Congress enacted the Investment Company Act of 1940 to mitigate the conflicts of interest inherent in the relationship between investment advisers and the mutual funds they create and manage. See Daily Income Fund, Inc. v. Fox, 464 U.S. 523, 536 (1984). Section 36(b) of that Act imposes on investment advisers "a fiduciary duty with respect to the receipt of compensation for services" and authorizes fund shareholders to bring a claim for "breach of [that] fiduciary duty." 15 U.S.C. § 80a-35(b). The Act further provides that, in such an action, "approval by the board of directors" of the fund is not conclusive, but "shall be given such consideration by the court as is deemed appropriate under all the circumstances." Id. § 80a-35(b)(2).Question Presented:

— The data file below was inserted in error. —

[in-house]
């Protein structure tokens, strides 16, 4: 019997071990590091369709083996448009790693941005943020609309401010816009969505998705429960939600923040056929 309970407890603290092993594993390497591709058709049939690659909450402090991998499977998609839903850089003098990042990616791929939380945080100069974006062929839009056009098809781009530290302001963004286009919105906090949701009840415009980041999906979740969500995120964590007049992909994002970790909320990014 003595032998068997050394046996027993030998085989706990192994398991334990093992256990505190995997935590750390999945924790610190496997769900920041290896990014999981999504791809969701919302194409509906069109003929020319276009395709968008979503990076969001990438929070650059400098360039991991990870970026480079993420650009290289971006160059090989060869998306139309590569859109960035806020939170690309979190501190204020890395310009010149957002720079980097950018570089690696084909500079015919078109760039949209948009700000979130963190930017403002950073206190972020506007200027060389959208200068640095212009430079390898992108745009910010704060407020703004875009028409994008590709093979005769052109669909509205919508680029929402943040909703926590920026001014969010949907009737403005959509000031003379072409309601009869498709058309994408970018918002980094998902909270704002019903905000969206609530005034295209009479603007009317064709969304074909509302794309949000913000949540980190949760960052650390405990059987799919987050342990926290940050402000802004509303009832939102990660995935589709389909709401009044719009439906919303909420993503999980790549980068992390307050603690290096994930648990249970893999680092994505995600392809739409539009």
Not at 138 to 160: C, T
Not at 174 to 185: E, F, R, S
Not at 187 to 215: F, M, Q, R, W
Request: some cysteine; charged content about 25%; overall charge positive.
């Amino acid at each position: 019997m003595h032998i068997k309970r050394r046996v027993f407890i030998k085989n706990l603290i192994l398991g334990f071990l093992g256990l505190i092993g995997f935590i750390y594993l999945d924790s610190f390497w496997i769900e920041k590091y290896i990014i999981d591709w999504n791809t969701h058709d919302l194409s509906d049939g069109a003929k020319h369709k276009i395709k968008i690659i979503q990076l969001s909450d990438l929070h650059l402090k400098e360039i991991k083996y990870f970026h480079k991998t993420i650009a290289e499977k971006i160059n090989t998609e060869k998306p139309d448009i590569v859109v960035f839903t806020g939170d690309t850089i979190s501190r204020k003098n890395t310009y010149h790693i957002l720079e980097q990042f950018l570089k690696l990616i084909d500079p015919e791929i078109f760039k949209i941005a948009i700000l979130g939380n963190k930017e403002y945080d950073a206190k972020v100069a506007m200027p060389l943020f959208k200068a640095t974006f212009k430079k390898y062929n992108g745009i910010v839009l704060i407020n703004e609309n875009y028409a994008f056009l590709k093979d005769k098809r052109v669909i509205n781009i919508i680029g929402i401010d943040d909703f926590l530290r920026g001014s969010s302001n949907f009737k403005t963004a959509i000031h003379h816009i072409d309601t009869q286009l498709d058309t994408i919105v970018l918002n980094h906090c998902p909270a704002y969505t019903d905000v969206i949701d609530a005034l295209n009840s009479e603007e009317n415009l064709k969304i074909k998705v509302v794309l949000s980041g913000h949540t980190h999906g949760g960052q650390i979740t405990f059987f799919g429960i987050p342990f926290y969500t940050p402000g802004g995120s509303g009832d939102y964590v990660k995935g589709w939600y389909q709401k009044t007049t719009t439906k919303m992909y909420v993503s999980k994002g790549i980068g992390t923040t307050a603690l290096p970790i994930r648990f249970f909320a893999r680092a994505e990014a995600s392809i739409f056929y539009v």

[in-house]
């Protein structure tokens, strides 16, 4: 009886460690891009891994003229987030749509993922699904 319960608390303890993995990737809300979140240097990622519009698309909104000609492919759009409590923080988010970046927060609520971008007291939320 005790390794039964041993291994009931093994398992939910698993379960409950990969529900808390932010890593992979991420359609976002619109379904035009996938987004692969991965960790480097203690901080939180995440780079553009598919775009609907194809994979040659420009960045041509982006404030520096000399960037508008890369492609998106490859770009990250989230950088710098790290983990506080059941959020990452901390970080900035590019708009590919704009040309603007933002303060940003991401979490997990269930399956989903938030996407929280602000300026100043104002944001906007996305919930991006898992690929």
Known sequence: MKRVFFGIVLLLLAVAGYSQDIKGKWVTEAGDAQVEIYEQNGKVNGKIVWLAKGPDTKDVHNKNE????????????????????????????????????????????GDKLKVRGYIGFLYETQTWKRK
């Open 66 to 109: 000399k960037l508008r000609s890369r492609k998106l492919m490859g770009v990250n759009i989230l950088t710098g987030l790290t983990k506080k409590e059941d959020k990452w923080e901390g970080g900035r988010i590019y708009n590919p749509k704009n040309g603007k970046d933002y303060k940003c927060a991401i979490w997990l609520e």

Whether the court below erroneously held, in conflict with the decisions of three other circuits, that a shareholder's claim that the fund's investment adviser charged an excessive fee - more than twice the fee it charged to funds with which it was not affiliated - is not cognizable under §36(b), unless the shareholder can show that the adviser misled the fund's directors who approved the fee.Question:
Did the Seventh Circuit err in holding that claims alleging mutual fund management's fees were too high is not cognizable under Section 36(b) of the Investment Company Act, when that holding is in conflict with those in three other circuits?